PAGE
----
Touch, sound and smell

Vision impaired (VI) students rely on other means of communication such as sound, feel and smell. Olfactory sense has strong memory associations, which can be used in geography to establish a location in a student’s mind. Teachers and support staff should use objects to convey geographical skills and locations - these techniques can go some way to help a student who is not able to learn by sight.

  • Use tactile displays, graphs, maps, models, pictures and audio devices to give information.
  • Use smell and touch to establish locations – for example, scents for seaside, meadows, woods and different countries.
  • Use relief models, especially when teaching contours or map coordinates.
  • Encourage students to feel different types of rocks and minerals to explore how their weights, texture and structure differ.

Teaching strategies in the classroom

In thinking how to support a student with vision impairment teachers should consider ways to make their subject more hands-on and accessible. You could make teaching more accessible using the following strategies.

  • Arrange the classroom so that the student can find what they need for a lesson, e.g. maps, models, tools and equipment.
  • Use the school building as a tool for geography – use a 3D printer to make a model of the school which a VI student can explore.
  • Discuss the plan for any field trip to the student privately so that they can ask relevant questions.
  • Buddy the vision impaired student with a sighted person (maybe a support worker) who understands their needs.
  • In planning a field trip make use of tactile maps and audio devices for description and direction.
  • Guide students to the objects to study such as rocks, landscapes, models and maps.
  • Give lots of time for the VI student to explore any objects, maps or displays.
  • Describe landscapes in detail and include how objects relate to each other – for example, ‘Next to the pond is the village green,’ or ‘The streets are narrow and crowded with lots of people and street furniture.’

Assistive technology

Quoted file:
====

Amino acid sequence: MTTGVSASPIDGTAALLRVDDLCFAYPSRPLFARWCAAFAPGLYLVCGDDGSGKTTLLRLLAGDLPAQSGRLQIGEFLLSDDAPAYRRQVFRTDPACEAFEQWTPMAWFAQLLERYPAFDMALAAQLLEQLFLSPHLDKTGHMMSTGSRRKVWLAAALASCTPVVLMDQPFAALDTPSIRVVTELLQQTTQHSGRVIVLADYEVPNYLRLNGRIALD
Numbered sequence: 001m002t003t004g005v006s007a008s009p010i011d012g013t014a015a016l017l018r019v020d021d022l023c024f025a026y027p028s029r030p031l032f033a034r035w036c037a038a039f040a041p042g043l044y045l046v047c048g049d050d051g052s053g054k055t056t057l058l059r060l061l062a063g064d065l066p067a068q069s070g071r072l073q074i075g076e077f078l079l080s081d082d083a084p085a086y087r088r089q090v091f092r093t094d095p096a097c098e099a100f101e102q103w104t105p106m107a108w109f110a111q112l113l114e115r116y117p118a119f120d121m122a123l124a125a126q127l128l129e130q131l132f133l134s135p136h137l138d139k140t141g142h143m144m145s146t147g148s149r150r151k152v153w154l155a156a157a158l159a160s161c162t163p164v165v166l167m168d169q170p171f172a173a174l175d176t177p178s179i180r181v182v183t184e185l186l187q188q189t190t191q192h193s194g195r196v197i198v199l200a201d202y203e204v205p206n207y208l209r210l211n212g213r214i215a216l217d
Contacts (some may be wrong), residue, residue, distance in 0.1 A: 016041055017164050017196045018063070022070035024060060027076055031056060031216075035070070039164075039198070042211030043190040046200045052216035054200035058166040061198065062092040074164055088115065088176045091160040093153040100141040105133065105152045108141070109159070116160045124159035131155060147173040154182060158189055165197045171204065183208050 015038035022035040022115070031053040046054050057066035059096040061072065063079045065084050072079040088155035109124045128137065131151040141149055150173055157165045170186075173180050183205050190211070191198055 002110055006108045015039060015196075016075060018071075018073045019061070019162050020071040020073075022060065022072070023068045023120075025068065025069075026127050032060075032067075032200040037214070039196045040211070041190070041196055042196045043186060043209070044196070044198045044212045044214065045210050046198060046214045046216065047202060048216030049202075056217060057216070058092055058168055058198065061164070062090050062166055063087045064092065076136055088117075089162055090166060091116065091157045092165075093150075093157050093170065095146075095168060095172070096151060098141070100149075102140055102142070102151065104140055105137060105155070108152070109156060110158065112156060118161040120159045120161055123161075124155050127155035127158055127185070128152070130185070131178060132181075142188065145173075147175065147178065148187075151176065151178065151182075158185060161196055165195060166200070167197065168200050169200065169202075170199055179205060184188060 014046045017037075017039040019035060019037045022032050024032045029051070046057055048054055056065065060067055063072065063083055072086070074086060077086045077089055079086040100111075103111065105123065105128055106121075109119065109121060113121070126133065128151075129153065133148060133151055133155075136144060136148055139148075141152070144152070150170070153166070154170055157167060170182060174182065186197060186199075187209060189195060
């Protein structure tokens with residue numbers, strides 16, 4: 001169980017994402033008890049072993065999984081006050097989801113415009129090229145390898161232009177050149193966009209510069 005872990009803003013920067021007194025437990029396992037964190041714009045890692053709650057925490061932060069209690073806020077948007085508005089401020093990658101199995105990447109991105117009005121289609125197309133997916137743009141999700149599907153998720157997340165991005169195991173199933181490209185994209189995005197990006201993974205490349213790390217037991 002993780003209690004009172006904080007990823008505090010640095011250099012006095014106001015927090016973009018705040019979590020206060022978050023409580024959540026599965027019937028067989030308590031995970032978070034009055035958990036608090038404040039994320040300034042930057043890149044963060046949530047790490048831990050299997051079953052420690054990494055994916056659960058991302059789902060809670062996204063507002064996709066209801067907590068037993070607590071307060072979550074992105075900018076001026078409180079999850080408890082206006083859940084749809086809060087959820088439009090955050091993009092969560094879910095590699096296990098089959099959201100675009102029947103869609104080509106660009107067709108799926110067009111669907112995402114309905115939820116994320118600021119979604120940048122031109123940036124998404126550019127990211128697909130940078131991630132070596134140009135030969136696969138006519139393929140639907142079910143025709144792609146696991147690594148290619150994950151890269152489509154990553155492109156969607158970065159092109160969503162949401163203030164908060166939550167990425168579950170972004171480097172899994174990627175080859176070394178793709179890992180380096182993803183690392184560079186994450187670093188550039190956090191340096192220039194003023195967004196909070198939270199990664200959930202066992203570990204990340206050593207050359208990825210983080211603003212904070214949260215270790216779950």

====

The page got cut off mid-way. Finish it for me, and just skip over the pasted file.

Using assistive technology (AT) in geography gives vision impaired students access to more information when learning – here are some of the best pieces of assistive technology for geography.

  • Tactile markers with a talking pen are useful for giving instructions when learning to map read
  • Talking globes
  • Virtual reality (VR) is becoming cheaper all the time, and many schools have bought class sets of Google Cardboard headsets. VR headsets give vision impaired students a unique individual insight into places around the world. Use earpieces or headsets so that the sound becomes the main source of information, and beware of sensory overload. Headsets have even been used to create virtual field trips
  • GPS and wearable technology are developing in ways which could have implications for VI people - a mobile phone's GPS can send a vibration to a smart device including smart watches and long canes that signals their arrival.
  • Google maps can give audible directions to a given destination
  • Speech recognition tools like Siri, Cortana and the Google Assistant can be useful in researching geographical skills and locations.

See 'General tips for teaching vision impaired students' for introductory information including lighting, emotional support, formatting documents, assistive technology, techniques such as hand-over-hand guiding and further sources of information.